In a way, finding God’s will for our lives is much like tuning into one of those old dial radios.  As we search for it, we miss it, run by it, or get interference from another station close to the one we’re seeking.  Like all examples this one is not perfect.  However, how do we really “tune into” God’s will?  As much as we wish God’s will was clear for all of us, it is not always clear.  What means of “tuning in” do we have for our daily lives?

Prayer is the primary conduit by which we access God to get in touch with His will. When I started studying prayer it became clear to me that Jesus Himself spent a lot of time in prayer. His prayer in the Garden of Gethsemane (Matt. 26: 36-46) should be a clear indicator that God Himself, clothed in a frail human body, struggled over His calling even though He knew what was required of Him. He inquired “My father, if it is possible let this cup pass from me.”(Matt. 26:39). However, He concludes that very admonition with: “Yet, not as I will, but as you will.” (Matt. 26: 39b).   If Jesus needed prayer as a reassurance of God’s purpose in His human existence, and if Jesus inquired with God in a state “…swallowed up with sorrow, to the point of death.” (Matt. 26: 38), are we not justified in making earnest admissions of confusion and uncertainty during our walk here on earth?

Jesus’ model prayer in Matthew 6:9-13 begins with: “Your kingdom come, Your will be done (v10),” and ends “…yours is the kingdom and power and glory forever. (v13)” As such, it is apparent that our prayers are to be an acknowledgement of our dependence on God, and a testimony to our willingness for His will to be done in our lives.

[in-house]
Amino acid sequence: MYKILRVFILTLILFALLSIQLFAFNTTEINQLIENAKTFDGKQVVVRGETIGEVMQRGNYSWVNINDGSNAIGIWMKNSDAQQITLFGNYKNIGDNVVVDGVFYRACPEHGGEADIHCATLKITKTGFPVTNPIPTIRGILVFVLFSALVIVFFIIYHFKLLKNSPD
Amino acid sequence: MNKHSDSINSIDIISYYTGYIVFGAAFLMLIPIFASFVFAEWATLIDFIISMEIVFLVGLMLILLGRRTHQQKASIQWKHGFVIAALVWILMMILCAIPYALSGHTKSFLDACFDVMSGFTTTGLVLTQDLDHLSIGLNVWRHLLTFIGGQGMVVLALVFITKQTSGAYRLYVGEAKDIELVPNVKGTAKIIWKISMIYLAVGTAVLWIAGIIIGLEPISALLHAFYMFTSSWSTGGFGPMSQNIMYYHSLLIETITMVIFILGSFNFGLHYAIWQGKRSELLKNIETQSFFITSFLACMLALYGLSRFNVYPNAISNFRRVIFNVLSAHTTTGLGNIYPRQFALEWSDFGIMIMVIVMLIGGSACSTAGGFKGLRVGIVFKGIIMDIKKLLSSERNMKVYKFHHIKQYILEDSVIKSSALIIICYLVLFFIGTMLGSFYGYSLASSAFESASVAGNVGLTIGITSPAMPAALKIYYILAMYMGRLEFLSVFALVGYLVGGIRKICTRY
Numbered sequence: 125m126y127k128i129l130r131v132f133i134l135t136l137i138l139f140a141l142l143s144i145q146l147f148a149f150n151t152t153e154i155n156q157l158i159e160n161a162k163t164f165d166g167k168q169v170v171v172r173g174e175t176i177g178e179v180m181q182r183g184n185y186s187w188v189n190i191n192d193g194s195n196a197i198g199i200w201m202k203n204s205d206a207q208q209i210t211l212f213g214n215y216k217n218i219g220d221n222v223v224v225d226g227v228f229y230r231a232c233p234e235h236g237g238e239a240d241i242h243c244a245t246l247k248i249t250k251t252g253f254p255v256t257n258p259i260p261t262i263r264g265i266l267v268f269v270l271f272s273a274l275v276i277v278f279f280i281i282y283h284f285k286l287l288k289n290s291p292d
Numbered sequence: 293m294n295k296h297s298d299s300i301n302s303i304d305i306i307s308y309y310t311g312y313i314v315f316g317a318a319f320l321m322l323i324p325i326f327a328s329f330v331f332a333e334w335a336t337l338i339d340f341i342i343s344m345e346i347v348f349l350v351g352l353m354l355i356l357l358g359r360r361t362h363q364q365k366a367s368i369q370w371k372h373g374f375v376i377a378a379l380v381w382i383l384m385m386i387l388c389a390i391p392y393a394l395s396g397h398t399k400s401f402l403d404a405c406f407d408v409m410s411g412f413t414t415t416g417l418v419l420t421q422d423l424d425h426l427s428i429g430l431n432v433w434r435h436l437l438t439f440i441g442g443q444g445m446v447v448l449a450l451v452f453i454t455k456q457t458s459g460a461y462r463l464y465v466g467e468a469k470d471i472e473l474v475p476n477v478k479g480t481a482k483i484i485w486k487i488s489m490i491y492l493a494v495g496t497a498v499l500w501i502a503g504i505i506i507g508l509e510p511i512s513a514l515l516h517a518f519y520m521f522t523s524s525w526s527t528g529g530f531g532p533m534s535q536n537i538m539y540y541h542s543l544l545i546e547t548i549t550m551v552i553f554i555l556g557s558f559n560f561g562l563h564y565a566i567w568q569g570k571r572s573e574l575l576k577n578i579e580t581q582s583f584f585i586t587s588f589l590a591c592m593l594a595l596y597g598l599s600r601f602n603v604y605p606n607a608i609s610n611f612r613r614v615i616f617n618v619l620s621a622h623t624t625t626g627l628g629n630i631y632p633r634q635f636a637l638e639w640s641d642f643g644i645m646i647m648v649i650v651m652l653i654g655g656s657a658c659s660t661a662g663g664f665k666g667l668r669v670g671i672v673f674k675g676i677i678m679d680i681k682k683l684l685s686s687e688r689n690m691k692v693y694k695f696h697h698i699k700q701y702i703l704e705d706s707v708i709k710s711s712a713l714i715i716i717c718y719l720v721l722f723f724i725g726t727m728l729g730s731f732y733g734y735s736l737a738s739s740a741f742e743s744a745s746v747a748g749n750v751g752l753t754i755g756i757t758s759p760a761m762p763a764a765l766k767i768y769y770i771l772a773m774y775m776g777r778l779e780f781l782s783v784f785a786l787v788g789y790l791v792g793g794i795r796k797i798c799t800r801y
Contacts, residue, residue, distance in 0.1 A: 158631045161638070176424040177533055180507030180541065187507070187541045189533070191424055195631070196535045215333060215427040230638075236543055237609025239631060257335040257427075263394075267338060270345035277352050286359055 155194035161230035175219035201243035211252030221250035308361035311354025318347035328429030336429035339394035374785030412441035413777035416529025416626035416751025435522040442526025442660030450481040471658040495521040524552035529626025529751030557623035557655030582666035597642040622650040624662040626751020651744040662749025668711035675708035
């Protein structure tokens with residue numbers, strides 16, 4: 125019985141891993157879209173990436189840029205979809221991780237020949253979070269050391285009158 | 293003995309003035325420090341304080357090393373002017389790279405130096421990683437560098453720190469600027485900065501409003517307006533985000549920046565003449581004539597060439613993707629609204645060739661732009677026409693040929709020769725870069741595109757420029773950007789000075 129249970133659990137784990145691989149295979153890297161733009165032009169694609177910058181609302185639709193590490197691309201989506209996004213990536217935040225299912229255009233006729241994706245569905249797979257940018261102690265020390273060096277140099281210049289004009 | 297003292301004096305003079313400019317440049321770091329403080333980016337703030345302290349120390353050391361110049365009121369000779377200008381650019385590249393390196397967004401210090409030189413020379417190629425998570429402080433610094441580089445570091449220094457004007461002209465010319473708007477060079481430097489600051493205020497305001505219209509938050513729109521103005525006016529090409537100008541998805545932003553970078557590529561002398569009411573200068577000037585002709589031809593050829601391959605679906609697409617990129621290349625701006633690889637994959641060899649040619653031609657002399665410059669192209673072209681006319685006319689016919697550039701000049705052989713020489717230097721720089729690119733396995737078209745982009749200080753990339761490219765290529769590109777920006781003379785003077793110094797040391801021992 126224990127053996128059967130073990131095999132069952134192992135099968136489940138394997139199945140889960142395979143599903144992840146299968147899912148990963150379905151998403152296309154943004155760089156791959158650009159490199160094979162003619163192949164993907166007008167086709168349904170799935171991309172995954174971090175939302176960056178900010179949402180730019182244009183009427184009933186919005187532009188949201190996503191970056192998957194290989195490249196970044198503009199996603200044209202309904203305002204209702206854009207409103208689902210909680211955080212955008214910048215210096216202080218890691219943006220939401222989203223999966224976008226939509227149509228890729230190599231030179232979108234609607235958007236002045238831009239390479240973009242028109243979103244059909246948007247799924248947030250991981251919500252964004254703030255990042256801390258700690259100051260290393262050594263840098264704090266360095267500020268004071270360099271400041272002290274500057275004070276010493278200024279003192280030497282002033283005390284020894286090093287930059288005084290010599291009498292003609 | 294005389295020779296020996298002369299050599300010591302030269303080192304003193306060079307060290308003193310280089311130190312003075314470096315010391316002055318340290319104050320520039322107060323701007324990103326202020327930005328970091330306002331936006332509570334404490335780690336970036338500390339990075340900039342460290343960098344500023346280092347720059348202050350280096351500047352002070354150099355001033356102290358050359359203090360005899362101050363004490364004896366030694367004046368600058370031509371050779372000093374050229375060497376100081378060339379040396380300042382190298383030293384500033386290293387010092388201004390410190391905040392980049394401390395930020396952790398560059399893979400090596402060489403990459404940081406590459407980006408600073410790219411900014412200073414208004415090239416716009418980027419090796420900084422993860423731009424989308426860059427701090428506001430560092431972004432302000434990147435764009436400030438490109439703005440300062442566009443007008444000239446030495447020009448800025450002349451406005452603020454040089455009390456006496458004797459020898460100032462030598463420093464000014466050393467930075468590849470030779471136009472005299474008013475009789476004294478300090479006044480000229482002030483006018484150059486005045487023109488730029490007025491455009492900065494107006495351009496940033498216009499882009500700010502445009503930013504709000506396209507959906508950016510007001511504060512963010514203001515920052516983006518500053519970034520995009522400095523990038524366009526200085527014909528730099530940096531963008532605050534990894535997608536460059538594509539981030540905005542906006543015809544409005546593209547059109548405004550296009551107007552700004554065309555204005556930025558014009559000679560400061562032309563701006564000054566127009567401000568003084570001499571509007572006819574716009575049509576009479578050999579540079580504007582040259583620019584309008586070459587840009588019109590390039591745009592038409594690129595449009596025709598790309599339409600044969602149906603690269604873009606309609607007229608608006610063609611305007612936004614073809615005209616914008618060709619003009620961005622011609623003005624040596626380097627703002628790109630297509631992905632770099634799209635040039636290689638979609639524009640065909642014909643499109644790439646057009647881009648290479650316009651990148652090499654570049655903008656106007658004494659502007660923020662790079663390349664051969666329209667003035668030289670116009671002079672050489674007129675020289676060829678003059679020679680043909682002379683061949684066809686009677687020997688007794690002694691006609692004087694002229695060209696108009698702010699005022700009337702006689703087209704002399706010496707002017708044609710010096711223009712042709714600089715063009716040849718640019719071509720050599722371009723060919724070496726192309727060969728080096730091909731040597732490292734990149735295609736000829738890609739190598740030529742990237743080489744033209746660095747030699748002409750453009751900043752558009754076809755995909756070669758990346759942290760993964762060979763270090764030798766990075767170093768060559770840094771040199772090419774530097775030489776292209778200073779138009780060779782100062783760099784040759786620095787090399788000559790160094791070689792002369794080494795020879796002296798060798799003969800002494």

Those of us who do not pray are those who don’t understand its purpose, or its invaluable benefits.  Does God change His plans because we pray?  Do we somehow change as a result of our earnest prayers?  Do we get closer to God because we pray? Is there power to be accessed by our prayers?   This series will study these questions.  By the end of this study we will more clearly see how much our prayers (in the sense of our efforts to find the will of God in our lives) are very similar to that search for our favorite station on the radio.  Dialing the radio to get to that “just right place” where the station is clear is similar to our sincere prayers, which enable us to be “tuned in” with God to find that “perfect will of God” for our lives.

Saturday, January 7, 2012

Introducing Dana Martin

"And if one can overpower him who is alone, two can resist him. A cord of three strands is not quickly torn apart" (Eccl. 4:12, NASB).